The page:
Joseph Tulman

Joseph B. Tulman
Professor of Law Emeritus

A.B., University of North Carolina, 1975; J.D., University of North Carolina School of Law, 1979; M.A.T., Antioch University, 1986.

Professor Joseph B. Tulman’s teaching, research and clinical practice interests are in the area of juvenile and special education law. He joined the Antioch School of Law in 1984 as a teaching fellow, supervising students in the Juvenile Law Clinic and working primarily on delinquency cases. In 1986, after the D.C. Council established the school of law as the District’s public law school, he joined the faculty and began directing the Juvenile and Special Education Law Clinic. With his colleagues in the clinic, Professor Tulman pioneered the use of special education advocacy for children in the neglect and delinquency systems. In 2010, he launched the Took Crowell Institute for At-Risk Youth, a legal clinic and advocacy program designed to keep at-risk youth out of the “school-to-prison pipeline.” His publications include articles about the unnecessary detention of children, and he co-authored and co-edited a comprehensive manual for using special education advocacy for children in the delinquency system.

Appointed by the mayor of D.C., Professor Tulman served as chair of the District of Columbia Juvenile Justice Advisory Group from September 2001 until March 2003, and later as a member. He also served on the boards of The Justice Policy Institute and School Talk, Inc., and as a member of the advisory boards for the Southern Poverty Law Center’s School-to-Prison Pipeline Reform Project, the D.C. Department of Youth Rehabilitation Services, and the Mid-Atlantic Juvenile Defender Center. He was a Resource Fellow for the National Center on Education, Disability and Juvenile Justice, and frequently conducted training session around the country, primarily on delinquency and disability issues.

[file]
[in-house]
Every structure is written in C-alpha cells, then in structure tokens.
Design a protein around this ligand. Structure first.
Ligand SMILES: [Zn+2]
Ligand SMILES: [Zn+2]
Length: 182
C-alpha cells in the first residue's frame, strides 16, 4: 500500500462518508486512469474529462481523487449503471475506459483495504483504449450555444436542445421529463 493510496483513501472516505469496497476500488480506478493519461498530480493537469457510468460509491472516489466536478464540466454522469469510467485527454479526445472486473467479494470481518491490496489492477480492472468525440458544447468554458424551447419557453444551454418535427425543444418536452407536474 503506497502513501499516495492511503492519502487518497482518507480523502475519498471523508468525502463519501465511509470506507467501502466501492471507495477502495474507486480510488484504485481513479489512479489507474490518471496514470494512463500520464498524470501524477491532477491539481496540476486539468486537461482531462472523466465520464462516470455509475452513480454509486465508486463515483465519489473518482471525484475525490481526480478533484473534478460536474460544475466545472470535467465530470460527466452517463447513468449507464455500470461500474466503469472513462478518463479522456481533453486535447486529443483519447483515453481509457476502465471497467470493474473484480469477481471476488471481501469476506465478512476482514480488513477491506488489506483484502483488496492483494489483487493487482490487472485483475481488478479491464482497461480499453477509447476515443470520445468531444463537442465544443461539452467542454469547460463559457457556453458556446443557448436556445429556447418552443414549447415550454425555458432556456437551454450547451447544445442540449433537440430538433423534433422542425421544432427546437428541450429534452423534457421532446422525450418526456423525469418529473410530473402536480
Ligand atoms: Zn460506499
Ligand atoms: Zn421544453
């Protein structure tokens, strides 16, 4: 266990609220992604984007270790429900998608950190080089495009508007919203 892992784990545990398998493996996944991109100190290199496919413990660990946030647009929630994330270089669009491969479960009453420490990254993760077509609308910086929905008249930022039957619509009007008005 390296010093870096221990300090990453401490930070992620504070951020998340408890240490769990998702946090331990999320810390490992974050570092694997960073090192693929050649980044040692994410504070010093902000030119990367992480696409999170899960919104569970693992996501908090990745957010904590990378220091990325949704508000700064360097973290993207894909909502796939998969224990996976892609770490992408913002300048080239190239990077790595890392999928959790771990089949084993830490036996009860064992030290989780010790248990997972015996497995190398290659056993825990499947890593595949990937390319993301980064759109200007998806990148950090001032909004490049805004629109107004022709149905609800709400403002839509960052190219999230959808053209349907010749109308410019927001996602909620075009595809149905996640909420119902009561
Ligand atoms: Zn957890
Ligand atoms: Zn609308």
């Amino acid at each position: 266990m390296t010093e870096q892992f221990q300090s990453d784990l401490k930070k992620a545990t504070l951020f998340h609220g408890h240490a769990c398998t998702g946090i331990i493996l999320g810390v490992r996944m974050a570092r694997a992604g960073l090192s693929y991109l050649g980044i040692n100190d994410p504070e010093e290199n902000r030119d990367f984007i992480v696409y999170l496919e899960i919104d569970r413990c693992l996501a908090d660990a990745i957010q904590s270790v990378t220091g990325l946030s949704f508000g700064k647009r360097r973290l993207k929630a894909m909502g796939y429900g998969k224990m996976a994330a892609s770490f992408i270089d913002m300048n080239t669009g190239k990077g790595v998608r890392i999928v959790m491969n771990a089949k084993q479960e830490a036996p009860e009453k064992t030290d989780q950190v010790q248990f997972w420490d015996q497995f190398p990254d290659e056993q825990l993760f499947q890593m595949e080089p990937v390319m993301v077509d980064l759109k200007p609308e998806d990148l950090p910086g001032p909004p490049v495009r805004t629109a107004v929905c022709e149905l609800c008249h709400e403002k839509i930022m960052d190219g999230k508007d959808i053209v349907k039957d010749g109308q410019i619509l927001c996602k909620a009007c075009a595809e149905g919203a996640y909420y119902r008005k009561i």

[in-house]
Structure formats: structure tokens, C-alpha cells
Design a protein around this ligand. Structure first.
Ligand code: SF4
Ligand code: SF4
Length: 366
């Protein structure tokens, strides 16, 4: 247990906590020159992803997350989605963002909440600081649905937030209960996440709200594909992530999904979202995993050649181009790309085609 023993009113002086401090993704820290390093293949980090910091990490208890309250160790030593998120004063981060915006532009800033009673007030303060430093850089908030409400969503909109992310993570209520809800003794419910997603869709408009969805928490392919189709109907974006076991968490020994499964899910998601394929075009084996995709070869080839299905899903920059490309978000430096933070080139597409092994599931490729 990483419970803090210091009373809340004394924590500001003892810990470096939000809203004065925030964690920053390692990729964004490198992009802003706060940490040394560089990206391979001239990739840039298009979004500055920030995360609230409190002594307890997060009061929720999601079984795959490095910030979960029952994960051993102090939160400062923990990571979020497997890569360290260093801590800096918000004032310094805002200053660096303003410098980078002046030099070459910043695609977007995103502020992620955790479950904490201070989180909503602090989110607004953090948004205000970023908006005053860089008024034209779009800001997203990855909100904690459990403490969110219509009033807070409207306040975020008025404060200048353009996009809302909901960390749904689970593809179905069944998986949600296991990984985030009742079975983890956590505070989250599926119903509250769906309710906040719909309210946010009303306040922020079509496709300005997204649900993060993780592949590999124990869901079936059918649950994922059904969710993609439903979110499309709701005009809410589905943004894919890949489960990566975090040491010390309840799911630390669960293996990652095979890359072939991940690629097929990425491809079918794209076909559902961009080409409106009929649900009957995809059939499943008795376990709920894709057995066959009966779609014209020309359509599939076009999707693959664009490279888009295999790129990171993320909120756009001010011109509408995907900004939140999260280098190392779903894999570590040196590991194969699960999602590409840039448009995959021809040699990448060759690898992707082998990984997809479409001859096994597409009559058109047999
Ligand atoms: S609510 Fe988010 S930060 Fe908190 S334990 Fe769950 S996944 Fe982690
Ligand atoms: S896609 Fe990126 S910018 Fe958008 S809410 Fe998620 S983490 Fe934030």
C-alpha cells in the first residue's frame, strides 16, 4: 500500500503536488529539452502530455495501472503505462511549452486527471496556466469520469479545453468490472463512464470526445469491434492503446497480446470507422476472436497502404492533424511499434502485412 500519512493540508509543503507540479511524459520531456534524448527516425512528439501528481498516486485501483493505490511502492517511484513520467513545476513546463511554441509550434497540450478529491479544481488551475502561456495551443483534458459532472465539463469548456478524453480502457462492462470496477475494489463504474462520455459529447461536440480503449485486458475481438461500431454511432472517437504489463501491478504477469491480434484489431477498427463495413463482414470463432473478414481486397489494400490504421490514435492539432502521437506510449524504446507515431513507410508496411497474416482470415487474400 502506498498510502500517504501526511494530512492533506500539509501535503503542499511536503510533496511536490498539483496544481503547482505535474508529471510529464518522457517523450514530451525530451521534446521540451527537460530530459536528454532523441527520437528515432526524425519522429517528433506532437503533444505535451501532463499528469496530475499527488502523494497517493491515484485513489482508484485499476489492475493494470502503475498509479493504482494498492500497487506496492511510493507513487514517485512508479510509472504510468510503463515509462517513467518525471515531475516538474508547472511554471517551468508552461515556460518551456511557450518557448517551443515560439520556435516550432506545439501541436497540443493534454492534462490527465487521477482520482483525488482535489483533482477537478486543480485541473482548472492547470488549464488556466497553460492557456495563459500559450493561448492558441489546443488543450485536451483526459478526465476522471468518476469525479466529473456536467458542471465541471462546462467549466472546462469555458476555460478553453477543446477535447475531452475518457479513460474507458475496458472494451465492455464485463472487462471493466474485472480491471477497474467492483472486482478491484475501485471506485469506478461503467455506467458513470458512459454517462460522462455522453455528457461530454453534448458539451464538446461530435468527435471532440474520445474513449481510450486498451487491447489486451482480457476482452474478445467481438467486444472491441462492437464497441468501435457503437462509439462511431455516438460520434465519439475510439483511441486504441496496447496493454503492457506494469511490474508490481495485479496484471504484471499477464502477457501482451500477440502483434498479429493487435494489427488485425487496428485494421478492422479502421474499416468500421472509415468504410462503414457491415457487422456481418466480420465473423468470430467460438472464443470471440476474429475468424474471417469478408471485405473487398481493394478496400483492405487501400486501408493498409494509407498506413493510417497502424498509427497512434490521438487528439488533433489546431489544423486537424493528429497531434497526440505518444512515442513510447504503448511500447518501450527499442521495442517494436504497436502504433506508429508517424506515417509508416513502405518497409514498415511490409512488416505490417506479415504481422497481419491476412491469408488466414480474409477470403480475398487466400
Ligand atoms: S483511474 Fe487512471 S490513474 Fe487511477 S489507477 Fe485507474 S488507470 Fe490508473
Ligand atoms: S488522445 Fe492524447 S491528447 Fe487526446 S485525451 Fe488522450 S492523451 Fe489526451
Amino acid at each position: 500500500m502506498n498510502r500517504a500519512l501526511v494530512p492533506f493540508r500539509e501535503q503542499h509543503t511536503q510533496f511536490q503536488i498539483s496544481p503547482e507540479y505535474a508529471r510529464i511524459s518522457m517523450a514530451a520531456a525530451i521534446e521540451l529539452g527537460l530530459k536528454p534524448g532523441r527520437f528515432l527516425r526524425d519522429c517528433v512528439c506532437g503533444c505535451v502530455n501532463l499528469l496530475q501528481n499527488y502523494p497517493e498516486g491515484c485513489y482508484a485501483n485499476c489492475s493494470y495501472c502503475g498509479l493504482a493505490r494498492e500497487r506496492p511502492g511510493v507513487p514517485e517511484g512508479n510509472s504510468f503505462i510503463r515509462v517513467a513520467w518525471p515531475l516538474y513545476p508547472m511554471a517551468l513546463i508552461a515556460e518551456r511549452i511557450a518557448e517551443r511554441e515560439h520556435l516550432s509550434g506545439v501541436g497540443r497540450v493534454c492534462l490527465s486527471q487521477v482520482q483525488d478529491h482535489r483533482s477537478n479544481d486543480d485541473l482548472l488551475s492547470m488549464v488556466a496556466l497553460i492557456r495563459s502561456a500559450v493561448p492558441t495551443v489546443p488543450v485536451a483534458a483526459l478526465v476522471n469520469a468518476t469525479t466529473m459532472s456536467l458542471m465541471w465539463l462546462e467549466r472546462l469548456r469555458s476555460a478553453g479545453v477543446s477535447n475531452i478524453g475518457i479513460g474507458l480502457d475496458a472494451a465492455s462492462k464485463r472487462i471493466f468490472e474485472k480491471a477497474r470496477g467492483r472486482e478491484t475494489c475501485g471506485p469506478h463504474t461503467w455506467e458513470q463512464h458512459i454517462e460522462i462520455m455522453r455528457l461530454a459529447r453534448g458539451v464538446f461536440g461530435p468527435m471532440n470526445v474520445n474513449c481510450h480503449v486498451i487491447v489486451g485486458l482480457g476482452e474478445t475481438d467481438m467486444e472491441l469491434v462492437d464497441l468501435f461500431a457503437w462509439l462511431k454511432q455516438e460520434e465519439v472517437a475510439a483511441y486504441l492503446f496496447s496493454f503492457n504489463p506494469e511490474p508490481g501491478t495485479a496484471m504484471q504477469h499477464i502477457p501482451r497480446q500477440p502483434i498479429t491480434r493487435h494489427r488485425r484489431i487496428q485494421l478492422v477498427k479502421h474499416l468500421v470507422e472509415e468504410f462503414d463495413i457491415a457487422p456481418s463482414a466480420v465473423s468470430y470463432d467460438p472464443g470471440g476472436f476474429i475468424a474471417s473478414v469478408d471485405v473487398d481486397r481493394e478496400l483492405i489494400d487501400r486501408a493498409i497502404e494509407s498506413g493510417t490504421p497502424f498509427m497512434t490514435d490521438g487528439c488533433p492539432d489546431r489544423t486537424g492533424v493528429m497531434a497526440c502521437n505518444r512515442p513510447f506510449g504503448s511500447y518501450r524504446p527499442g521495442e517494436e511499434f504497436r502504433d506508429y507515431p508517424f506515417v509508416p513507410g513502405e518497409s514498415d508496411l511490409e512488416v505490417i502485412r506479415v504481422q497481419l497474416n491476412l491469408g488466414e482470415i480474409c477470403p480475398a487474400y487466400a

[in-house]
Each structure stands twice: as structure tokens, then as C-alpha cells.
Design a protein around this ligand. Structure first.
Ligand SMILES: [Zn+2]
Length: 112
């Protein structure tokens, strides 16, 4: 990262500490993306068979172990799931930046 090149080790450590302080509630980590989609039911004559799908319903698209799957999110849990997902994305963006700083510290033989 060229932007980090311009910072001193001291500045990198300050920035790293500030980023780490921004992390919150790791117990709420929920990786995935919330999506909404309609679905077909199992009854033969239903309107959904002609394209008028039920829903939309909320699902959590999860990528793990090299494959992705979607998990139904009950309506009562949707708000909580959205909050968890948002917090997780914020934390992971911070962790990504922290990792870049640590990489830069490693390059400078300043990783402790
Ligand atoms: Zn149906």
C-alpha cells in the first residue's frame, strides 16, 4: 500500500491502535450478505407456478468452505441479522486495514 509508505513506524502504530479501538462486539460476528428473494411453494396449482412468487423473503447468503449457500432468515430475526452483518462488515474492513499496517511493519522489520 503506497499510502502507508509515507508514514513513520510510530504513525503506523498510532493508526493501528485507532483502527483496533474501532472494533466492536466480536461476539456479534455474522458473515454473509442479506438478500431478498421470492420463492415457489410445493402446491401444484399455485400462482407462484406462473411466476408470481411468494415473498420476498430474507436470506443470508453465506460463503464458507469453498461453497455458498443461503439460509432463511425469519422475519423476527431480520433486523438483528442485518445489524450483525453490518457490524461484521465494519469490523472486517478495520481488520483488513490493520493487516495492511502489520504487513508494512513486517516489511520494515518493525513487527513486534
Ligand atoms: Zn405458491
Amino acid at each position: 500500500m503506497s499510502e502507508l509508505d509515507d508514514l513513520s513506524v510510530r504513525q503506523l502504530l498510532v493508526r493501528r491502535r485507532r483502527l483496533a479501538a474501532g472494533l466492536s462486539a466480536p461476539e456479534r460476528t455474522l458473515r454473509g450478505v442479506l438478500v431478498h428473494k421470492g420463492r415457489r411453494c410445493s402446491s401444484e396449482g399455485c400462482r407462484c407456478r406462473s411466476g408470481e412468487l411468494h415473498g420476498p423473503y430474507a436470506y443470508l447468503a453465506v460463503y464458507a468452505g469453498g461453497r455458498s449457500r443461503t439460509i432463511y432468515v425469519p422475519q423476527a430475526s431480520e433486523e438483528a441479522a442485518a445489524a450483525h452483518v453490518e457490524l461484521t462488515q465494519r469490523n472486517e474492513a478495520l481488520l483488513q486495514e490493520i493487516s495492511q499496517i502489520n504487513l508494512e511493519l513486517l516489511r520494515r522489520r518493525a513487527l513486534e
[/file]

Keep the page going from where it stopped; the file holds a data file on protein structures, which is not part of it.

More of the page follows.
From 1988 until 2002, Professor Tulman served as counsel for plaintiffs in Evans v. Williams, a class action on behalf of persons with mental retardation. The suit, filed in 1976 by an Antioch law professor, led to the closing in 1991 of Forest Haven, a large institution housing a children’s developmental center and mental institution. As a result of the lawsuit, an agreement filed by the Evans parties, and approved by the court in 2001, established and funds The Quality Trust for Individuals with Disability, a non-profit organization to advance the interests of people with disabilities in D.C.

In 2017, the Council on Court Excellence honored Professor Tulman with a Justice Potter Stewart Award for his work on behalf of the administration of justice. In 2011, the Council of Parent Attorneys and Advocates (COPAA) awarded him its Diane Lipton Award for Outstanding Educational Advocacy on behalf of children with disabilities. In 2007, the Association of American Law Schools Clinical Section Committee on Lawyering in the Public Interest named him a Bellow Scholar. In 2001, he received the DC Bar’s Jerrold Scoutt Prize in recognition of his work providing direct legal services to disadvantaged persons in the District of Columbia and, in 1996, the Criminal Law Section of the American Bar Association awarded him its Livingston Hall Juvenile Justice Award. In 1995, Professor Tulman was awarded the D.C. School of Law’s distinguished service award, and in 2012, the University of the District of Columbia awarded him The Cleveland L. Dennard Distinguished Service Award, as an individual who has demonstrated a long-term commitment of outstanding service to the University or to the Washington, D.C. community.

Selected Publications (in .pdf format)